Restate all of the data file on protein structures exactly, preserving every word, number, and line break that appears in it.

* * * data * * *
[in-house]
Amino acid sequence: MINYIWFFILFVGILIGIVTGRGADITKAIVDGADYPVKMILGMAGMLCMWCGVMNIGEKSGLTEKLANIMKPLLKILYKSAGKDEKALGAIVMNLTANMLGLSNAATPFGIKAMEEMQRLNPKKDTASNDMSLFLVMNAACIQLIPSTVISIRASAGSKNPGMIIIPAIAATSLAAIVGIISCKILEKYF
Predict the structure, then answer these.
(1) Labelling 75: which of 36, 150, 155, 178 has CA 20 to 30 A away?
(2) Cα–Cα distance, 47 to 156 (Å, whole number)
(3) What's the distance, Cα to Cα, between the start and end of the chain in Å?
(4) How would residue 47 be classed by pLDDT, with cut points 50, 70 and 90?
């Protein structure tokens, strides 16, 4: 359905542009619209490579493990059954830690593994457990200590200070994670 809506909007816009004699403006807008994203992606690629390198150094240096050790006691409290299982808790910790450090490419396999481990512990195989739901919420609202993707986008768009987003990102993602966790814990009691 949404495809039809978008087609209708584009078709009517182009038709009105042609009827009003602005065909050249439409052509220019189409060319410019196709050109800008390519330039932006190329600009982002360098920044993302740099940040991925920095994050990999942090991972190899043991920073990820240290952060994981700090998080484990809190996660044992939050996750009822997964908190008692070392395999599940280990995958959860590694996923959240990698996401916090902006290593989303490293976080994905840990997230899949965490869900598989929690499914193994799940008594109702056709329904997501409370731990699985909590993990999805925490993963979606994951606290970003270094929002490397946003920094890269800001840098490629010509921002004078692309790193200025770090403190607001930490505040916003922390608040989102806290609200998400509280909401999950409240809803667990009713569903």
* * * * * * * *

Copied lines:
[in-house]
Amino acid sequence: MINYIWFFILFVGILIGIVTGRGADITKAIVDGADYPVKMILGMAGMLCMWCGVMNIGEKSGLTEKLANIMKPLLKILYKSAGKDEKALGAIVMNLTANMLGLSNAATPFGIKAMEEMQRLNPKKDTASNDMSLFLVMNAACIQLIPSTVISIRASAGSKNPGMIIIPAIAATSLAAIVGIISCKILEKYF
Predict the structure, then answer these.
(1) Labelling 75: which of 36, 150, 155, 178 has CA 20 to 30 A away?
(2) Cα–Cα distance, 47 to 156 (Å, whole number)
(3) What's the distance, Cα to Cα, between the start and end of the chain in Å?
(4) How would residue 47 be classed by pLDDT, with cut points 50, 70 and 90?
């Protein structure tokens, strides 16, 4: 359905542009619209490579493990059954830690593994457990200590200070994670 809506909007816009004699403006807008994203992606690629390198150094240096050790006691409290299982808790910790450090490419396999481990512990195989739901919420609202993707986008768009987003990102993602966790814990009691 949404495809039809978008087609209708584009078709009517182009038709009105042609009827009003602005065909050249439409052509220019189409060319410019196709050109800008390519330039932006190329600009982002360098920044993302740099940040991925920095994050990999942090991972190899043991920073990820240290952060994981700090998080484990809190996660044992939050996750009822997964908190008692070392395999599940280990995958959860590694996923959240990698996401916090902006290593989303490293976080994905840990997230899949965490869900598989929690499914193994799940008594109702056709329904997501409370731990699985909590993990999805925490993963979606994951606290970003270094929002490397946003920094890269800001840098490629010509921002004078692309790193200025770090403190607001930490505040916003922390608040989102806290609200998400509280909401999950409240809803667990009713569903």